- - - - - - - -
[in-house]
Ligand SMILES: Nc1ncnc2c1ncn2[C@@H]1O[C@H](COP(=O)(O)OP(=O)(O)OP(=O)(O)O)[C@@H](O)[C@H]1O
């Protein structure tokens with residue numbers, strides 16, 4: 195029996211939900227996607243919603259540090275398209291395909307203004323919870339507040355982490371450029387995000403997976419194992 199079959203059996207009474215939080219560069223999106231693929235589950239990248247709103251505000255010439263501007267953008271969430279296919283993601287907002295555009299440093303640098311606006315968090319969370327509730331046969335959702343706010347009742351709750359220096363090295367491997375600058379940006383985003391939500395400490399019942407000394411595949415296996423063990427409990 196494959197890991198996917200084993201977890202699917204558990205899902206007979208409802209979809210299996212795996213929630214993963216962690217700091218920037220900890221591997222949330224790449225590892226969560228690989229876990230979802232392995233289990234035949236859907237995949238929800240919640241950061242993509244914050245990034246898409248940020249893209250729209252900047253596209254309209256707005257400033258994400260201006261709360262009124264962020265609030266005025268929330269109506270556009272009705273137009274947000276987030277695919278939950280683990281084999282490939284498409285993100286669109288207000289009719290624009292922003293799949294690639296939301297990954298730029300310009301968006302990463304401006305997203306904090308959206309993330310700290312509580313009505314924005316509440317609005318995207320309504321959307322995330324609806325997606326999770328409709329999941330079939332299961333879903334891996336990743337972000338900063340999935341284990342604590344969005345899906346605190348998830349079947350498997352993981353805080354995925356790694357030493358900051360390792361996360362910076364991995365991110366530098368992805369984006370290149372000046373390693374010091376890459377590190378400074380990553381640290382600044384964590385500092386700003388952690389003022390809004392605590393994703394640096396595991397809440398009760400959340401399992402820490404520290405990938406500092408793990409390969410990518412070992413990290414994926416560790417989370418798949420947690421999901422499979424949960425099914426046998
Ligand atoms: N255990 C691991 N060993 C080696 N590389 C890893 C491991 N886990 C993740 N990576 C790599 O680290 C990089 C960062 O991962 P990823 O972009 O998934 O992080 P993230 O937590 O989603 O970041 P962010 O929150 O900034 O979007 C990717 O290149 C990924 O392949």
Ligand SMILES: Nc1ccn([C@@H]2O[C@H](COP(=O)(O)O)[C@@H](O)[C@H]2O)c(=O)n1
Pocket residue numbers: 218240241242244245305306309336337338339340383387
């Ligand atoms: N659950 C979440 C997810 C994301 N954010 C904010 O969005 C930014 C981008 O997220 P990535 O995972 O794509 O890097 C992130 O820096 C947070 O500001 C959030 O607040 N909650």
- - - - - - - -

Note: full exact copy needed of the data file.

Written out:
[in-house]
Ligand SMILES: Nc1ncnc2c1ncn2[C@@H]1O[C@H](COP(=O)(O)OP(=O)(O)OP(=O)(O)O)[C@@H](O)[C@H]1O
């Protein structure tokens with residue numbers, strides 16, 4: 195029996211939900227996607243919603259540090275398209291395909307203004323919870339507040355982490371450029387995000403997976419194992 199079959203059996207009474215939080219560069223999106231693929235589950239990248247709103251505000255010439263501007267953008271969430279296919283993601287907002295555009299440093303640098311606006315968090319969370327509730331046969335959702343706010347009742351709750359220096363090295367491997375600058379940006383985003391939500395400490399019942407000394411595949415296996423063990427409990 196494959197890991198996917200084993201977890202699917204558990205899902206007979208409802209979809210299996212795996213929630214993963216962690217700091218920037220900890221591997222949330224790449225590892226969560228690989229876990230979802232392995233289990234035949236859907237995949238929800240919640241950061242993509244914050245990034246898409248940020249893209250729209252900047253596209254309209256707005257400033258994400260201006261709360262009124264962020265609030266005025268929330269109506270556009272009705273137009274947000276987030277695919278939950280683990281084999282490939284498409285993100286669109288207000289009719290624009292922003293799949294690639296939301297990954298730029300310009301968006302990463304401006305997203306904090308959206309993330310700290312509580313009505314924005316509440317609005318995207320309504321959307322995330324609806325997606326999770328409709329999941330079939332299961333879903334891996336990743337972000338900063340999935341284990342604590344969005345899906346605190348998830349079947350498997352993981353805080354995925356790694357030493358900051360390792361996360362910076364991995365991110366530098368992805369984006370290149372000046373390693374010091376890459377590190378400074380990553381640290382600044384964590385500092386700003388952690389003022390809004392605590393994703394640096396595991397809440398009760400959340401399992402820490404520290405990938406500092408793990409390969410990518412070992413990290414994926416560790417989370418798949420947690421999901422499979424949960425099914426046998
Ligand atoms: N255990 C691991 N060993 C080696 N590389 C890893 C491991 N886990 C993740 N990576 C790599 O680290 C990089 C960062 O991962 P990823 O972009 O998934 O992080 P993230 O937590 O989603 O970041 P962010 O929150 O900034 O979007 C990717 O290149 C990924 O392949």
Ligand SMILES: Nc1ccn([C@@H]2O[C@H](COP(=O)(O)O)[C@@H](O)[C@H]2O)c(=O)n1
Pocket residue numbers: 218240241242244245305306309336337338339340383387
């Ligand atoms: N659950 C979440 C997810 C994301 N954010 C904010 O969005 C930014 C981008 O997220 P990535 O995972 O794509 O890097 C992130 O820096 C947070 O500001 C959030 O607040 N909650």